Waste group, companies fight Dallas flow control law
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Nov. 21 — The National Solid Wastes Management Association, Waste Management, Republic Services and a group of smaller haulers have filed a lawsuit against Dallas over the city´s passage of a flow control ordinance.
The Dallas City Council approved an ordinance on Sept. 28 to force all waste collected at commercial and industrial facilities be disposed at the city-owned McCommas Bluff Landfill. The ordinance is scheduled to go into effect on Jan. 2.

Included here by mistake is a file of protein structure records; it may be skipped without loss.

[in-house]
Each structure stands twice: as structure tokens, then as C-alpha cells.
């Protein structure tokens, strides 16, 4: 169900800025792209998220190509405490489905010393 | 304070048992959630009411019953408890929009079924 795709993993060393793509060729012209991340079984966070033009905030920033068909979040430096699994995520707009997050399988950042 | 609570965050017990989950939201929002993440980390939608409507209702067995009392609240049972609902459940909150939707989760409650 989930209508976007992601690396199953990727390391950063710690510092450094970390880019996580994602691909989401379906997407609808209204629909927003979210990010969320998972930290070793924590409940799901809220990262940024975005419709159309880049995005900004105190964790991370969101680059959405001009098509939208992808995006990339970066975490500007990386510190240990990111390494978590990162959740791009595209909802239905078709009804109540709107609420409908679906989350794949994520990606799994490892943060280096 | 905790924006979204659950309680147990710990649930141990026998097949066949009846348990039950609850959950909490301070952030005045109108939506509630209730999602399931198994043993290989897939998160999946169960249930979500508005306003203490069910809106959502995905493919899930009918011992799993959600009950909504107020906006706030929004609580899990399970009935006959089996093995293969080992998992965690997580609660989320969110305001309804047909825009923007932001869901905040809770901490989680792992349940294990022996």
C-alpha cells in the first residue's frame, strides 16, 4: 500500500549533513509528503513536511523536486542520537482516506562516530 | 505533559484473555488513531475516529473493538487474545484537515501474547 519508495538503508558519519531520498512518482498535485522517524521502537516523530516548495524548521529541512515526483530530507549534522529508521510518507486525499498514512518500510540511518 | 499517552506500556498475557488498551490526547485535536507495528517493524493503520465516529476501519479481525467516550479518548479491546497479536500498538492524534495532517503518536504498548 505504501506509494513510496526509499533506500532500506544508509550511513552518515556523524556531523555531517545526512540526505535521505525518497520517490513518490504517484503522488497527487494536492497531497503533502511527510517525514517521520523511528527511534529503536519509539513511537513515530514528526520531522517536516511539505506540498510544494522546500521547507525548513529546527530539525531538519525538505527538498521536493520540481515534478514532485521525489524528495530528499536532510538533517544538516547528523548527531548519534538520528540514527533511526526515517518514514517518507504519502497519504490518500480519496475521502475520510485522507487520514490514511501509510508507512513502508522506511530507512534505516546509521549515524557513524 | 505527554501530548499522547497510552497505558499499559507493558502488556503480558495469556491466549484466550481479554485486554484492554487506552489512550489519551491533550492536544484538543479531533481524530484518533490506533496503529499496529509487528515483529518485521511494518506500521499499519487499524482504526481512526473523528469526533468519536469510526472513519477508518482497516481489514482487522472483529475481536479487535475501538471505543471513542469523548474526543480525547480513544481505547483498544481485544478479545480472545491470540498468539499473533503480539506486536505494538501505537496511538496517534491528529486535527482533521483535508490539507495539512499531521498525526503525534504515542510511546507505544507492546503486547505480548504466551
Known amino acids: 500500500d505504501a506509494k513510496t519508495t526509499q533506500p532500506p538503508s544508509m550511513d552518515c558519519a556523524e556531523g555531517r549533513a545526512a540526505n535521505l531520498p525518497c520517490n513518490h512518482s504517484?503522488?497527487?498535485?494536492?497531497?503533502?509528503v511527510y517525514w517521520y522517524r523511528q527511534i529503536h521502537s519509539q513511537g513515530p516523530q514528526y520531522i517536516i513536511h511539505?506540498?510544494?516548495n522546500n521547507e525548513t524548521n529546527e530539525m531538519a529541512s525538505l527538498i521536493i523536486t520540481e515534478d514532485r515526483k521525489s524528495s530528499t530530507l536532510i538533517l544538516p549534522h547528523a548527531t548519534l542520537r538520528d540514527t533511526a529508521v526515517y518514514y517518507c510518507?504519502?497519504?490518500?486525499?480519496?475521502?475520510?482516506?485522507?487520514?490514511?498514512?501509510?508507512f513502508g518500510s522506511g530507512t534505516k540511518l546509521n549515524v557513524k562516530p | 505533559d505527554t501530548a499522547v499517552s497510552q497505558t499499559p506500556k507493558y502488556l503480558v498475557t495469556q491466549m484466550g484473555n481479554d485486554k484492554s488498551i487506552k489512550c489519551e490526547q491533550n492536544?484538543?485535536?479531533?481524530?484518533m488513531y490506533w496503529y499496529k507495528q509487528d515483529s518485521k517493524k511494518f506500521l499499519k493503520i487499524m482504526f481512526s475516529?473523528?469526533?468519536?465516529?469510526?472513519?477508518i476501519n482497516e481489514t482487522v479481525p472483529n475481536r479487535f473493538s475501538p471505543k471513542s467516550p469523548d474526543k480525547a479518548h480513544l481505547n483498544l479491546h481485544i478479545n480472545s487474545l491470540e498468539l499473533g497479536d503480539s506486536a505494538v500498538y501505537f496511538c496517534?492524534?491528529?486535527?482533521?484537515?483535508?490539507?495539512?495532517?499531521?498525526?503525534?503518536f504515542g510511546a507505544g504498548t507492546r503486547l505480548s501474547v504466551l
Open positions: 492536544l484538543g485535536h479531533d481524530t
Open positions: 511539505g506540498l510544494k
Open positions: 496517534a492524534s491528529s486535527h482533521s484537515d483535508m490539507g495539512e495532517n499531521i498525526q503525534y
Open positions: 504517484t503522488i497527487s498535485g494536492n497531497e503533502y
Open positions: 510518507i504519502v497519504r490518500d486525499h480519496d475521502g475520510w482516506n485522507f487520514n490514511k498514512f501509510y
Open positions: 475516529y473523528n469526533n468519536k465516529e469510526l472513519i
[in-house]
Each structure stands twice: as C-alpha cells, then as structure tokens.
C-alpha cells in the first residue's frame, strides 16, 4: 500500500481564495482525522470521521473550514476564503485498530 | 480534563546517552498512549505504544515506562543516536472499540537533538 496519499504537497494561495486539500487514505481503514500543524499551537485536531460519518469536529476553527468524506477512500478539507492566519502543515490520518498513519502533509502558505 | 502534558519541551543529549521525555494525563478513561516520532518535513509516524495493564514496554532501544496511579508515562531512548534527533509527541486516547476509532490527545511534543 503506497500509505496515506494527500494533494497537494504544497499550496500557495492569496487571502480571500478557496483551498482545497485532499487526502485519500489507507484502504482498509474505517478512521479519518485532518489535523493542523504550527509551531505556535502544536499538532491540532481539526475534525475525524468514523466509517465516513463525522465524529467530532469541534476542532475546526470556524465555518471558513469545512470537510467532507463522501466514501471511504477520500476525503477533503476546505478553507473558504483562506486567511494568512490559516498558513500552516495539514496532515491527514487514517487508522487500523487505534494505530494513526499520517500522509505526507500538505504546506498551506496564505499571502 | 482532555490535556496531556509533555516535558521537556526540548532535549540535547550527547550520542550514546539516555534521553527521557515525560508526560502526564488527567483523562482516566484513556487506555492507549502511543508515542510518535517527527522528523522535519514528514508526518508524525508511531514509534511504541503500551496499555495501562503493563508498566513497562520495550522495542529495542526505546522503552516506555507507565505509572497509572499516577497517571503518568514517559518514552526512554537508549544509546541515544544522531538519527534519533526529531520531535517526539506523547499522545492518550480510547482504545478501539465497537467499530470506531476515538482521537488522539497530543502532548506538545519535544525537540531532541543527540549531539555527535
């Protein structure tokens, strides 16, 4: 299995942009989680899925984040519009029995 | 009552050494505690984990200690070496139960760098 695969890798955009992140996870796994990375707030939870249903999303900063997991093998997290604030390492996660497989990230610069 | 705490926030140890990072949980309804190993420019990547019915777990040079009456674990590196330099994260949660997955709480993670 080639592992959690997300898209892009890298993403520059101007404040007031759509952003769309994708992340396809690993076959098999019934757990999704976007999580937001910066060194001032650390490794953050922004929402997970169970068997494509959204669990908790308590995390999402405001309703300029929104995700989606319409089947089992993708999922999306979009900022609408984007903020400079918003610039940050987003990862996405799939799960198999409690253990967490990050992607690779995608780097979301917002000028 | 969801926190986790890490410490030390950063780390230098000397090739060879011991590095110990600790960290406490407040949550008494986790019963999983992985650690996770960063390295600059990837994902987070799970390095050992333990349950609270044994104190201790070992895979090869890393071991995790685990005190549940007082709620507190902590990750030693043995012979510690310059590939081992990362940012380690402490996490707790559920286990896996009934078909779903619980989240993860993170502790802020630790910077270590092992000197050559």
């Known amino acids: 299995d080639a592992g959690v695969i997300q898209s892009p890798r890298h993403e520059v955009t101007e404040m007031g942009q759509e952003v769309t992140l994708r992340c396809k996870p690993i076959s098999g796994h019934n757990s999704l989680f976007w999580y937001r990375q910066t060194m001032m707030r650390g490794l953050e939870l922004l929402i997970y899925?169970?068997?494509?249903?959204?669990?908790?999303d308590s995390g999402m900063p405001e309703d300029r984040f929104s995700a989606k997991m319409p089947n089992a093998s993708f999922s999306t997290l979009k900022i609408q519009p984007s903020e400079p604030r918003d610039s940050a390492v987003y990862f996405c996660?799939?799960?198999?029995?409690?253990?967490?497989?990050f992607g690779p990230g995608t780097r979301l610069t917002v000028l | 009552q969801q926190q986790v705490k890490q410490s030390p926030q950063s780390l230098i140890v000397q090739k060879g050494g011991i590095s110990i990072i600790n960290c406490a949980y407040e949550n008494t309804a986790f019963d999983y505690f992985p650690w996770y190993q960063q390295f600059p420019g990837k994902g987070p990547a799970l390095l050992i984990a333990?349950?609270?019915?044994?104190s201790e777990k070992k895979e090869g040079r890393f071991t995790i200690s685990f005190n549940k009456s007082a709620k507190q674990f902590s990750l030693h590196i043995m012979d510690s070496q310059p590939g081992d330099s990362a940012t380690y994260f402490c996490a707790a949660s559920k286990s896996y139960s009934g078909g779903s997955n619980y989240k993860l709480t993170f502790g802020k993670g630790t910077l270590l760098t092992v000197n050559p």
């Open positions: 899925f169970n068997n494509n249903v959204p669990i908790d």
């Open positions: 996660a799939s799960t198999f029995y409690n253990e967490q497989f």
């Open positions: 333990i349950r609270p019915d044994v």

“The forced diversion of all commercial solid waste to the city-owned landfill is not only an extraordinarily anti-free enterprise action by the city, it is unlawful on multiple grounds,” NSWMA and others wrote in the complaint, filed in U.S. District Court.
The 28-page complaint argues the ordinance violates the franchise agreements in place with various haulers, that it is unconstitutional and is contrary to Texas law.
The complaint also argues that the ordinance’s purpose is to raise money, something the city can only do by using its taxing powers.
“The city´s taxing power does not authorize directing that all solid waste generated, found or located in the city be disposed of at the McCommas Landfill to raise revenue,” the complaint says.
Contact Waste & Recycling News reporter Jeremy Carroll at [email protected] or 313-446-6780.
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